Andrew Forsthoefel '07 is Walking to Listen
Andrew Forsthoefel '07 is Walking to Listen
Liz Torrey

Andrew Forsthoefel '07 has written a memoir. What, you ask, can a 28 year old man possibly have to write a memoir about? Well, when you're Andrew, it's simply this: after graduating from Middlebury College in 2011, he spent eleven months walking—yes, walking—clear across the country, from his home in Chadds Ford, Pennsylvania, to Half Moon Bay on the coast of California. His memoir of this cross-country trek, titled Walking to Listen: 4,000 Miles Across America, One Story at a Time was published by Bloomsbury this March. We talked recently with Andrew about his journey and how his experiences at St. Andrew's influenced his decision to embark on this real-life bildungsroman.

First, tell us how you originally conceived of this idea to walk across the country.

In my senior year at Middlebury, I was thinking about what to do, where to go after graduation and I decided I would apply for a Watson Fellowship [a one-year grant that funds a year of independent study outside of the U.S., awarded to around 40 graduating college seniors each year]. It was a great exercise in really taking seriously the question, "If I had all the resources I needed at my disposal, what would I actually do with myself?" And the short version of the story is that I realized: I've supposedly "come of age" but I've been left with all these questions about how to be a man, what does it mean to be a human, what does it mean to be me? What even is "coming of age"? What does it mean to transform and become the adult that's going to carry me through this life? So I had this sense of uncertainty and wondering and longing for clarity, and I wanted to throw myself into these questions. That was what my Watson project was going to be about; I was going to study coming of age in indigenous communities around the world. I didn't end up getting the fellowship, but I still had this sort of inspiring sense of uncertainty urging me toward something, and it wasn't going to be this coming of age project, so what could it be? And that was when the idea of walking came up. I had heard of people doing cross-country walks before, and it seemed like it could be an affordable, relatively easy way to dive into some of these questions. By easy, I mean, I could literally just walk out my back door and start. I wouldn't have to make any contacts with anyone, or get permission, or score a grant or fellowship. I wouldn't even have to buy a plane ticket. I could literally just start walking.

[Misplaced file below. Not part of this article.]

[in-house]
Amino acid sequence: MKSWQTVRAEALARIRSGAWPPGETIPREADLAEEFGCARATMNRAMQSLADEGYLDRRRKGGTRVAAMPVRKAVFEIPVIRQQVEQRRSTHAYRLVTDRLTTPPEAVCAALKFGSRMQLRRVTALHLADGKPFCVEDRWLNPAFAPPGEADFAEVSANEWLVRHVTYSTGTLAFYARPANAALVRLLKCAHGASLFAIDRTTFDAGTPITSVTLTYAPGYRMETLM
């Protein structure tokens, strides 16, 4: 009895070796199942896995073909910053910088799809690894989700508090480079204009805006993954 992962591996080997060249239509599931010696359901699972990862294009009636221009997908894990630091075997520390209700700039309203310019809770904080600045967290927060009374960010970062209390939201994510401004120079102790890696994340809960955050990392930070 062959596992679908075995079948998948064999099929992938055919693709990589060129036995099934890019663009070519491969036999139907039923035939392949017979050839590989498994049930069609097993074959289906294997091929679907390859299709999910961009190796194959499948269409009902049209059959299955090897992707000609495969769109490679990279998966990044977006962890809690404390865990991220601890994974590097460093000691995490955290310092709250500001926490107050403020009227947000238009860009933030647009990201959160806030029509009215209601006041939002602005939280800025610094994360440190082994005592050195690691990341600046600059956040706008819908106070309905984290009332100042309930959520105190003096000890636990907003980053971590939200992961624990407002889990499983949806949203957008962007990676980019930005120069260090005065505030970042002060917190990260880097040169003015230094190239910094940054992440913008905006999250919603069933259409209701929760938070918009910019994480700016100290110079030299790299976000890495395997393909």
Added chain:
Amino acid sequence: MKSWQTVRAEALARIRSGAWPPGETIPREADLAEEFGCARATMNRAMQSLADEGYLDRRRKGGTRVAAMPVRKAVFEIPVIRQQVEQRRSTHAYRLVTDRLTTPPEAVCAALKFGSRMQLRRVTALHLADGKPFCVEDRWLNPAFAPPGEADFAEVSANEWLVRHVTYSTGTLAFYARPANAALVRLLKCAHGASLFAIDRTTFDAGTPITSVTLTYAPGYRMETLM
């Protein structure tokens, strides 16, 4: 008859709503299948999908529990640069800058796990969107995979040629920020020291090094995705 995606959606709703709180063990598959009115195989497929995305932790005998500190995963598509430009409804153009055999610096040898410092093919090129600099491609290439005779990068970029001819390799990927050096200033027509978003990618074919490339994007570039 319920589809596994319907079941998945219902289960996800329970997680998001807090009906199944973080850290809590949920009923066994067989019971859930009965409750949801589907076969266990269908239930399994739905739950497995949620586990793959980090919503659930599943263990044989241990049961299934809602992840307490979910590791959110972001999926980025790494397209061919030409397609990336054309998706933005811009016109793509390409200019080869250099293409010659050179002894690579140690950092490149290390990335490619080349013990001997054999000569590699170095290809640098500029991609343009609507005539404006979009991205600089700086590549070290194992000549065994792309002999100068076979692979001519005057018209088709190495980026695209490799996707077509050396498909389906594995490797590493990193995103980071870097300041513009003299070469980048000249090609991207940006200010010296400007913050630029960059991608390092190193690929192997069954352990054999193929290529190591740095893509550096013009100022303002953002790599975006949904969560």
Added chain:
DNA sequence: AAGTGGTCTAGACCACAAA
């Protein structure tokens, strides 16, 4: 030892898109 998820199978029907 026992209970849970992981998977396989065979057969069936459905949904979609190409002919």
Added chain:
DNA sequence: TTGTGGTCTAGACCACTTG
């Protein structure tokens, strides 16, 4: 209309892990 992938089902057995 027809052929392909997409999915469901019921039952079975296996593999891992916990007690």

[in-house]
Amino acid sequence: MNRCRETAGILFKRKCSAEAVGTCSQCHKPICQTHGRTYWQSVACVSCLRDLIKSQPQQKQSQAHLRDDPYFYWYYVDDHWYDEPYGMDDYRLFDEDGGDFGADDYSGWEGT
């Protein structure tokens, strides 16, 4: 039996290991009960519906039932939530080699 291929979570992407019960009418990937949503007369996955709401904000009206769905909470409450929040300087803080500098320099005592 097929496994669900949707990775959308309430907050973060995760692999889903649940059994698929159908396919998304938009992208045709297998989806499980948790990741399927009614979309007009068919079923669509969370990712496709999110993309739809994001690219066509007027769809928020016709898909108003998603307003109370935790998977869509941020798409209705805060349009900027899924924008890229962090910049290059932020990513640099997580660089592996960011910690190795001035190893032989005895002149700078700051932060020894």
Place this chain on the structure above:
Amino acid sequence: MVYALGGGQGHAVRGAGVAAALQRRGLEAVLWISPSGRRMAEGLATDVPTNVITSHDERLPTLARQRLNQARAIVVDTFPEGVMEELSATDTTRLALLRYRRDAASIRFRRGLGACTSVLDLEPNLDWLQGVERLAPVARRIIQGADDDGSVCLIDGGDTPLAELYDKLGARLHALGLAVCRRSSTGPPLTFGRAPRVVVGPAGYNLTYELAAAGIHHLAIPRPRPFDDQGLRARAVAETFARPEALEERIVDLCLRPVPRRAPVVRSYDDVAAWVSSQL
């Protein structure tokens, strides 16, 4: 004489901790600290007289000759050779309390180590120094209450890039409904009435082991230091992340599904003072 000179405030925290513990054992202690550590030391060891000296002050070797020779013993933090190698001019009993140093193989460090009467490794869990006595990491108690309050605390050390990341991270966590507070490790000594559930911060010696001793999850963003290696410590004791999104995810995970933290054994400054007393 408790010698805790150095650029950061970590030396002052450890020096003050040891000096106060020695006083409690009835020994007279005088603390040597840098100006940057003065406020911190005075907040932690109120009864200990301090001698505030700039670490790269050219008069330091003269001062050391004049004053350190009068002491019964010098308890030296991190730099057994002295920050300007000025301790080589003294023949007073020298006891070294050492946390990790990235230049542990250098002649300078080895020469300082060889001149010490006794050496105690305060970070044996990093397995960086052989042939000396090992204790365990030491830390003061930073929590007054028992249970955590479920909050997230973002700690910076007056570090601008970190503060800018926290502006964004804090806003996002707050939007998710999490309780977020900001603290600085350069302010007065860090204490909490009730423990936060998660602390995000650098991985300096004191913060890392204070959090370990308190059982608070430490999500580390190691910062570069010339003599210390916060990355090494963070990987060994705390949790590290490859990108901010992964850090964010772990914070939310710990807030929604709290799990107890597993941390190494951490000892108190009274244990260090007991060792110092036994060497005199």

Did anything you did or experienced at St. Andrew's influence your drive to do this, or was this mostly an outgrowth of your Middlebury experience?

Oh my God, St. Andrew's had a huge impact on this. Every time I come back to that School, I'm struck by how special it is. The land, the buildings, and what's happening in the community there. To be part of that for even just a blink—I feel a lot of gratitude. When I was at St. Andrew's, I was given so much, and then the community sent me out into the world. To have grown up with a large community of adults believing in me, supporting me, asking me questions without assuming they have exclusive rights to the answer, treating me not like a kid but like an adult-in-training—to have adults see me in this way, in the classroom, in sports, in their on-campus homes, was a profound offering. It cultivated a confidence in me that I don't know would have blossomed otherwise. At such a tender age, it was very powerful to me to have these adults saying, "I believe in you. I see you." For those of us who do receive that and know what it's like, I think it's our duty to dish it out to others as generously and as widely as possible.

Didn't you come back to campus this fall to do a "listening walk" with students?

I did, and I was so impressed by the students, and where they were willing to go. Mr. Robinson dropped us off in Middletown, and we ended up spending two hours with these two twins who looked like they were maybe 80, but they turned out to be in their late 50s. They had lived a hard life. When we left them, we met this young Black man who had spent two years in prison, and he was telling us his stories of what that was like, and being a father, and the challenges of being black in Middletown. For three or four hours, we had this beautiful little peek into the world that is possible, the world that we could all be living in if we actually understood what listening was and were committed practitioners of it. Then, Mr. Hutchinson and Mr. DeSalvo coordinated a "welcome home" Chapel for the walkers, and the whole School was there on the Front Lawn waiting for them and they sort of cheered them home. The kids then shared what they had experienced, and they did it extemporaneously. I was so inspired by their courage to just go for it.